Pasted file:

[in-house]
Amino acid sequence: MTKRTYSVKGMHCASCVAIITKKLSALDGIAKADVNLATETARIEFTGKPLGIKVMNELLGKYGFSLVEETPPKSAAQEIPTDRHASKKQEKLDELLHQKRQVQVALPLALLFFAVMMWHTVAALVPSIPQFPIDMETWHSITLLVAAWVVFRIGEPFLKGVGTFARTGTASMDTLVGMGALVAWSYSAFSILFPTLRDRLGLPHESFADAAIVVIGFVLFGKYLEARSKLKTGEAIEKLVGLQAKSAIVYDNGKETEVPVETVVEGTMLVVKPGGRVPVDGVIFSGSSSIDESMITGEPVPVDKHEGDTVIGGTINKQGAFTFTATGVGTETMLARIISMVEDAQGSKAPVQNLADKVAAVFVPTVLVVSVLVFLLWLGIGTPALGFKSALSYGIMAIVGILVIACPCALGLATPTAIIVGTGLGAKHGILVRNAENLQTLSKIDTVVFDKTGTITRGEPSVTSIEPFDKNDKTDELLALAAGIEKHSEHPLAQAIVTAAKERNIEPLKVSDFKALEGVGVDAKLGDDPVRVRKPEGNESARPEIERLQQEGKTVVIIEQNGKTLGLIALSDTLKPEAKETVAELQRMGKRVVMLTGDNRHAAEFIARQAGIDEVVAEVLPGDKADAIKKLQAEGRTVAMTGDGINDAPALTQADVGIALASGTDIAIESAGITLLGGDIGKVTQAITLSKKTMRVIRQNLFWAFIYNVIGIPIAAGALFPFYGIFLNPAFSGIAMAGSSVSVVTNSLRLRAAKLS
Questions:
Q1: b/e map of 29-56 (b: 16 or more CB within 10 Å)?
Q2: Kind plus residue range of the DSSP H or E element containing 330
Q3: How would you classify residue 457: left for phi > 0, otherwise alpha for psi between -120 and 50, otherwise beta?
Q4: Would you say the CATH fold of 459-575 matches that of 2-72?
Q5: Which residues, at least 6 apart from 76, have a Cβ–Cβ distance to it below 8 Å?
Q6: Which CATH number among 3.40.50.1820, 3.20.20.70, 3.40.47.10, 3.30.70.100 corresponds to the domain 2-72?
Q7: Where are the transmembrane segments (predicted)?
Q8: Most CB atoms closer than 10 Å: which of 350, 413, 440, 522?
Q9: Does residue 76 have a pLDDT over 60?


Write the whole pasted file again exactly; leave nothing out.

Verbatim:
[in-house]
Amino acid sequence: MTKRTYSVKGMHCASCVAIITKKLSALDGIAKADVNLATETARIEFTGKPLGIKVMNELLGKYGFSLVEETPPKSAAQEIPTDRHASKKQEKLDELLHQKRQVQVALPLALLFFAVMMWHTVAALVPSIPQFPIDMETWHSITLLVAAWVVFRIGEPFLKGVGTFARTGTASMDTLVGMGALVAWSYSAFSILFPTLRDRLGLPHESFADAAIVVIGFVLFGKYLEARSKLKTGEAIEKLVGLQAKSAIVYDNGKETEVPVETVVEGTMLVVKPGGRVPVDGVIFSGSSSIDESMITGEPVPVDKHEGDTVIGGTINKQGAFTFTATGVGTETMLARIISMVEDAQGSKAPVQNLADKVAAVFVPTVLVVSVLVFLLWLGIGTPALGFKSALSYGIMAIVGILVIACPCALGLATPTAIIVGTGLGAKHGILVRNAENLQTLSKIDTVVFDKTGTITRGEPSVTSIEPFDKNDKTDELLALAAGIEKHSEHPLAQAIVTAAKERNIEPLKVSDFKALEGVGVDAKLGDDPVRVRKPEGNESARPEIERLQQEGKTVVIIEQNGKTLGLIALSDTLKPEAKETVAELQRMGKRVVMLTGDNRHAAEFIARQAGIDEVVAEVLPGDKADAIKKLQAEGRTVAMTGDGINDAPALTQADVGIALASGTDIAIESAGITLLGGDIGKVTQAITLSKKTMRVIRQNLFWAFIYNVIGIPIAAGALFPFYGIFLNPAFSGIAMAGSSVSVVTNSLRLRAAKLS
Questions:
Q1: b/e map of 29-56 (b: 16 or more CB within 10 Å)?
Q2: Kind plus residue range of the DSSP H or E element containing 330
Q3: How would you classify residue 457: left for phi > 0, otherwise alpha for psi between -120 and 50, otherwise beta?
Q4: Would you say the CATH fold of 459-575 matches that of 2-72?
Q5: Which residues, at least 6 apart from 76, have a Cβ–Cβ distance to it below 8 Å?
Q6: Which CATH number among 3.40.50.1820, 3.20.20.70, 3.40.47.10, 3.30.70.100 corresponds to the domain 2-72?
Q7: Where are the transmembrane segments (predicted)?
Q8: Most CB atoms closer than 10 Å: which of 350, 413, 440, 522?
Q9: Does residue 76 have a pLDDT over 60?